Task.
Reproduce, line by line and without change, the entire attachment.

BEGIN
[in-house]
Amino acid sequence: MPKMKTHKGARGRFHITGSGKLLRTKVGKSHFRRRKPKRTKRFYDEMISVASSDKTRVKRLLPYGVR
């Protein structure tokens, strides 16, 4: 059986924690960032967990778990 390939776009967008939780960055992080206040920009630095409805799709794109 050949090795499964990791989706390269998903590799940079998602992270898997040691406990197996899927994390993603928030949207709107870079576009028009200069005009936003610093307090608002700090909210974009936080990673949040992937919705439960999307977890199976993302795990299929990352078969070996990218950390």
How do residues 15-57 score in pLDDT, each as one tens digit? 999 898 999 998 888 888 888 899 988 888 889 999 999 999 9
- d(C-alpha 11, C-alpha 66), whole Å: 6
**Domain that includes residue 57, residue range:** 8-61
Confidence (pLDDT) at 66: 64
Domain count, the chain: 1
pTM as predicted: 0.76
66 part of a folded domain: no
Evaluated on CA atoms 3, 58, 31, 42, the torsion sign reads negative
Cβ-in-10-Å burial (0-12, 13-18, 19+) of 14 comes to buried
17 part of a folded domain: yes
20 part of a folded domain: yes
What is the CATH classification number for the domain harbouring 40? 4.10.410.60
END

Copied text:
[in-house]
Amino acid sequence: MPKMKTHKGARGRFHITGSGKLLRTKVGKSHFRRRKPKRTKRFYDEMISVASSDKTRVKRLLPYGVR
């Protein structure tokens, strides 16, 4: 059986924690960032967990778990 390939776009967008939780960055992080206040920009630095409805799709794109 050949090795499964990791989706390269998903590799940079998602992270898997040691406990197996899927994390993603928030949207709107870079576009028009200069005009936003610093307090608002700090909210974009936080990673949040992937919705439960999307977890199976993302795990299929990352078969070996990218950390």
How do residues 15-57 score in pLDDT, each as one tens digit? 999 898 999 998 888 888 888 899 988 888 889 999 999 999 9
- d(C-alpha 11, C-alpha 66), whole Å: 6
**Domain that includes residue 57, residue range:** 8-61
Confidence (pLDDT) at 66: 64
Domain count, the chain: 1
pTM as predicted: 0.76
66 part of a folded domain: no
Evaluated on CA atoms 3, 58, 31, 42, the torsion sign reads negative
Cβ-in-10-Å burial (0-12, 13-18, 19+) of 14 comes to buried
17 part of a folded domain: yes
20 part of a folded domain: yes
What is the CATH classification number for the domain harbouring 40? 4.10.410.60